The first argument my husband and I ever had was about how the spices were stored in the kitchen. Really. Not very exciting or dramatic, but true.
I had alphabetized the spices, of course, doesn’t everybody? My husband did almost all the cooking at that point in our marriage due to work schedules (I don’t miss the crazy work schedules, but I do miss his cooking!). My husband had not been returning the spices to their correct alphabetized location. I was upset that he was haphazardly putting the spices away and he didn’t understand why he couldn’t put them wherever he wanted to since he was doing the cooking.
Luckily, that first fight wasn’t a very big one and we’re still happily married 24 years later (attributed to my organizing, of course), but the story makes us both laugh and yes, my spices are alphabetized.
Every time the military moves us, I get to set up a new kitchen. Setting up my spices is one of the first things I consider. Soon after the “great spice debate” I bought a two-tier Lazy Susan that has organized our spices for 20+ years. So the first thing to consider is where the Lazy Susan will fit (since it is two-tiered, it’s not always easy to place). In addition to the simple, “Where will it fit and where makes sense in the kitchen layout,” I consider where I can I keep the spices that is away from direct sunlight, heat and excessive humidity. In my current kitchen that place is a corner cabinet near the cooktop, but not right next to it.
It’s one of those awkward corner cabinets that nothing quite fits in well. Fortunately, the lazy Susan fits the space. When I first set this cabinet up, the 2-tiered Lazy Susan was in the center of the shelf. Wasting lots of space. I added the clear box on the left to hold spices that wouldn’t fit on the lazy Susan. Recently, I added the 1-level Lazy Susan that’s in the center back of the shelf.
I’m happy with the current set-up of the cabinet. Everything is easily visible and reachable. I can find any spice you might ask for in under 3 seconds. Really. Try me.
The 2-tier Lazy Susan holds most of my spices. The bottom rack holds as many of the spices as I can fit on it starting with “a” (I start filling up the lower level first because I’m 5’3″, don’t need to explain further). Less frequently used spices go on the inside of the circle with the spices used most frequently on the outer part of the circle (you can see that Accent is behind Allspice because I rarely use Accent, even less often than Allspice). The top tier holds taller bottles that won’t fit on the lower tier and the rest of the alphabet.
The 1-level lazy Susan in the Center holds “special” spices and spice blends plus bottle that wouldn’t fit on either level of the 2-tier Lazy Susan. These spices are easily accessed and the Lazy Susan makes efficient use of all that awkward space in the back of a not-square cabinet. It also keeps spices from getting lost in the hard-to-reach deep recesses of the cabinet.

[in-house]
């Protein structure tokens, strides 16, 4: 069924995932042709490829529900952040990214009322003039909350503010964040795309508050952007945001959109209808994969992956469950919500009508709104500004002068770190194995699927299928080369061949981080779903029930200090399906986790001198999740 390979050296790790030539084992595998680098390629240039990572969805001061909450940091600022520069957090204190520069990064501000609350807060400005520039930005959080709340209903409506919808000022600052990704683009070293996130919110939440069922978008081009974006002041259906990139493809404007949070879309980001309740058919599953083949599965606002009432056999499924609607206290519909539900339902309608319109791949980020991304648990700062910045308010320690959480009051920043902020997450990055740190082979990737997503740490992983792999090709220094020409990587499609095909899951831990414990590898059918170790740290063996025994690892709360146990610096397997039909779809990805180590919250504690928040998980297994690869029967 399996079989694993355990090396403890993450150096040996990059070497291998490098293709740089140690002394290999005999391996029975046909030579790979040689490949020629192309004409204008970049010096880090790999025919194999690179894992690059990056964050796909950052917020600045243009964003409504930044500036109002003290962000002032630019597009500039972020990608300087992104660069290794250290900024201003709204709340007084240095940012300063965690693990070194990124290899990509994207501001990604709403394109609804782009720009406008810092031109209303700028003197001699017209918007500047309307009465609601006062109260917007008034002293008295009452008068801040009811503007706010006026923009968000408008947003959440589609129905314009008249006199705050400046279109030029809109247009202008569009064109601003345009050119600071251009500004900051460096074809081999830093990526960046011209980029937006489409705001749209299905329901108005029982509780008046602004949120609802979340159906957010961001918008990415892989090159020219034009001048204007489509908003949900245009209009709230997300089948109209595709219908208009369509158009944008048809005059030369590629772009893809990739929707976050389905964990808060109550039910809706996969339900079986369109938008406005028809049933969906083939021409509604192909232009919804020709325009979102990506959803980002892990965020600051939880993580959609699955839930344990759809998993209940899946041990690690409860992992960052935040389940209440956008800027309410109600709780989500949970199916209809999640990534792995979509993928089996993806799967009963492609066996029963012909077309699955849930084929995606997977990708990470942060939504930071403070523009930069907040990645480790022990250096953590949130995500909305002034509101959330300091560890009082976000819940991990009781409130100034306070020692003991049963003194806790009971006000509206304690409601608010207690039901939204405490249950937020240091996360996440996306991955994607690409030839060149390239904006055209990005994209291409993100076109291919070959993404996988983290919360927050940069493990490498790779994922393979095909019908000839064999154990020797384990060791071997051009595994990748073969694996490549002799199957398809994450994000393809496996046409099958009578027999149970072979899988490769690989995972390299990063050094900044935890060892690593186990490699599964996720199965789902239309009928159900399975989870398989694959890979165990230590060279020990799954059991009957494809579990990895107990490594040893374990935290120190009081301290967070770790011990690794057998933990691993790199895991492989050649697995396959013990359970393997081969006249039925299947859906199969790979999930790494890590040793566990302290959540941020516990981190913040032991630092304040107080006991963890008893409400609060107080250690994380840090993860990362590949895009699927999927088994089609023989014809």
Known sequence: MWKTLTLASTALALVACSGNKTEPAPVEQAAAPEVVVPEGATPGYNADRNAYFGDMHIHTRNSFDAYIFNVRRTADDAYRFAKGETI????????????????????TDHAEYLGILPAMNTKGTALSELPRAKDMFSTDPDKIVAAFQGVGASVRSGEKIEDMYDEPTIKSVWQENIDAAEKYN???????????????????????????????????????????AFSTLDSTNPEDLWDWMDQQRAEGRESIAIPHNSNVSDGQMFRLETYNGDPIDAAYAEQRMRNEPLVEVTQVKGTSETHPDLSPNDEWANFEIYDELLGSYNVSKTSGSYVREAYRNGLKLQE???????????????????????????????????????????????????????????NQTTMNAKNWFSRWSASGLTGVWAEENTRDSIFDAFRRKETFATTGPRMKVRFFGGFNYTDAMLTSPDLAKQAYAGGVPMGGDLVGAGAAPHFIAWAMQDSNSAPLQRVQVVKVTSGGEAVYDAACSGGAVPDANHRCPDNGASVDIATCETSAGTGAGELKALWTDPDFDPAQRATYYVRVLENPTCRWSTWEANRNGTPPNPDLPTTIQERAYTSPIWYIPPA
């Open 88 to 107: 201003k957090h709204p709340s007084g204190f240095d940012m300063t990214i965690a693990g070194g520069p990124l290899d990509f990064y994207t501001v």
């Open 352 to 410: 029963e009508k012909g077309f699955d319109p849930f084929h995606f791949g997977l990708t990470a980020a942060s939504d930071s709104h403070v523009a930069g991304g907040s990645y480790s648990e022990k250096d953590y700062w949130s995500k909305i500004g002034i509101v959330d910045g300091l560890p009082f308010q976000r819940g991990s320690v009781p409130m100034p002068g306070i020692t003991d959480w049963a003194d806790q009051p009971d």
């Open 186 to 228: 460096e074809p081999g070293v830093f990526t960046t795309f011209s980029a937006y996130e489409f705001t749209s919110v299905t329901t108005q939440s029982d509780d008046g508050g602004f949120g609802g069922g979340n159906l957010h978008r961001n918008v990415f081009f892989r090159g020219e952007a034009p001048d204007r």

The clear box is a container that lost its lid during the last move. It was no longer useful in storing food, but has now found a use corralling more spices. I put those over-sized Costco spice bottles(see one way in the back), any loose packets and boxes or anything that would fall over on the Lazy Susans. The clear box can be pulled out to grab whatever I need. I can also easily lift the box down and place it on the counter to restock or organize the contents.
If this was my permanent home, I’d install some type of bins or baskets on the back left wall near the top (where the wasted space is). I would then put the loose packets in those bins. But since this is only my home until the military moves us again, I’m very happy with the current set-up.
My very organized Mom reminded me to point out the dates marked on the sides of my spice bottles. About 8 years ago as I was organizing the spices in a new kitchen after yet another move, I realized that I had spices from when I first got married (they had witnessed the “great spice debate”!). I started looking at all my spices and realized that I had no idea how old any of them were except the original ones that were 15 years old (much too old to be very tasty).
That’s when I started marking the month and year on the right side of the label when I open a new spice bottle. (I do the same with condiments in the pantry and refrigerator.) As I sit here in my office looking at this picture of my spices, I see dates from 2008 and 2009. …….. I just had to stop and google the recommended shelf life for coriander seeds and sage leaves. According to stilltasty.com, it’s 1-3 years for the sage and 3-4 years for the coriander. Guess I need to take 5 minutes and go through all my spices and then head off to the grocery store. Good thing I marked those dates on the bottles!
(And, yes, I have been smiling each time I’ve typed Lazy Susan. My children think that’s a hysterically funny name for an organizing tool that I, Susan, love.)